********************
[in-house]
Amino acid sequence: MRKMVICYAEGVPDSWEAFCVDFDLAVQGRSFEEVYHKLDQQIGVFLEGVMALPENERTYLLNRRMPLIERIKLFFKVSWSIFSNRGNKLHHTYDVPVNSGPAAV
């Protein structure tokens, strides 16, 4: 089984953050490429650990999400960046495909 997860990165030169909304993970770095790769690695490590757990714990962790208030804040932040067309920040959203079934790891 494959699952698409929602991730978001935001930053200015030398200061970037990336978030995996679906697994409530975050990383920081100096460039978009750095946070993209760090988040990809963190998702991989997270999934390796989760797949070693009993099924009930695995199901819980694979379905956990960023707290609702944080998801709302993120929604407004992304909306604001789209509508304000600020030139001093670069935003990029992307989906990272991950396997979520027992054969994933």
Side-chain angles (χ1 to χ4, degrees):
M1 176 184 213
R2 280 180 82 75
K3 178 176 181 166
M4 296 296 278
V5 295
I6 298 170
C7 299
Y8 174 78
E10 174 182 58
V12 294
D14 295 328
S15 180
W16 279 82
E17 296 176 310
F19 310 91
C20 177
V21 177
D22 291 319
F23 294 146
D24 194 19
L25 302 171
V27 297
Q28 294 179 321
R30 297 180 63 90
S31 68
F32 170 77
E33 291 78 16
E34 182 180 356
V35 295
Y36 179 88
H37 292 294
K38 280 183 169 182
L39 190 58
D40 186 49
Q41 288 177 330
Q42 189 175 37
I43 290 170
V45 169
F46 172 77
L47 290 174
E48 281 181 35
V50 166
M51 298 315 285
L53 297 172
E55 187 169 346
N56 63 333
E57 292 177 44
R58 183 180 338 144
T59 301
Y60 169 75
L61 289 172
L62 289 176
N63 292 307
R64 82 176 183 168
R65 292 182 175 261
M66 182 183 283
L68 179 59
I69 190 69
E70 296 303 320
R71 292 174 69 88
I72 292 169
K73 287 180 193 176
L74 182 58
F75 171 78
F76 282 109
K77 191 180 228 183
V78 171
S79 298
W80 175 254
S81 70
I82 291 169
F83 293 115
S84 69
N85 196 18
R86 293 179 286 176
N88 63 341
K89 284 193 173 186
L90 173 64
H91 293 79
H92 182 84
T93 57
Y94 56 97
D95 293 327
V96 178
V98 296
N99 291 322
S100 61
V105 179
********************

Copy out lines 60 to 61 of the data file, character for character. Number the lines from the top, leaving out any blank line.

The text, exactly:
M66 182 183 283
L68 179 59